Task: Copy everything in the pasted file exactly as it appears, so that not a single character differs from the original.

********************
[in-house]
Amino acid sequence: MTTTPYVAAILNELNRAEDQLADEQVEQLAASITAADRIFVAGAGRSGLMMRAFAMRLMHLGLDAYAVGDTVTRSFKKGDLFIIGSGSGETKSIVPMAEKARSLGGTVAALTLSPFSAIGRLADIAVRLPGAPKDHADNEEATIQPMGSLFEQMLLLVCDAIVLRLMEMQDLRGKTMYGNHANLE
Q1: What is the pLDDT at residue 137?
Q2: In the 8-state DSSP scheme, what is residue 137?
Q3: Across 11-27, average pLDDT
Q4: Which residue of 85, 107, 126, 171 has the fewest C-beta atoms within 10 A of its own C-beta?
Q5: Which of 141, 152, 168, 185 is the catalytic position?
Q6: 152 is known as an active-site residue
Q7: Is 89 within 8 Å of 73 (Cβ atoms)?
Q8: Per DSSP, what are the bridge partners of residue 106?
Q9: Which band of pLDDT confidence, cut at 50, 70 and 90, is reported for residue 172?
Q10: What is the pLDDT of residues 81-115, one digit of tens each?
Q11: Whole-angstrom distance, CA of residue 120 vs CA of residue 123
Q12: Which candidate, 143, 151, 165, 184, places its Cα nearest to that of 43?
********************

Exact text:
[in-house]
Amino acid sequence: MTTTPYVAAILNELNRAEDQLADEQVEQLAASITAADRIFVAGAGRSGLMMRAFAMRLMHLGLDAYAVGDTVTRSFKKGDLFIIGSGSGETKSIVPMAEKARSLGGTVAALTLSPFSAIGRLADIAVRLPGAPKDHADNEEATIQPMGSLFEQMLLLVCDAIVLRLMEMQDLRGKTMYGNHANLE
Q1: What is the pLDDT at residue 137?
Q2: In the 8-state DSSP scheme, what is residue 137?
Q3: Across 11-27, average pLDDT
Q4: Which residue of 85, 107, 126, 171 has the fewest C-beta atoms within 10 A of its own C-beta?
Q5: Which of 141, 152, 168, 185 is the catalytic position?
Q6: 152 is known as an active-site residue
Q7: Is 89 within 8 Å of 73 (Cβ atoms)?
Q8: Per DSSP, what are the bridge partners of residue 106?
Q9: Which band of pLDDT confidence, cut at 50, 70 and 90, is reported for residue 172?
Q10: What is the pLDDT of residues 81-115, one digit of tens each?
Q11: Whole-angstrom distance, CA of residue 120 vs CA of residue 123
Q12: Which candidate, 143, 151, 165, 184, places its Cα nearest to that of 43?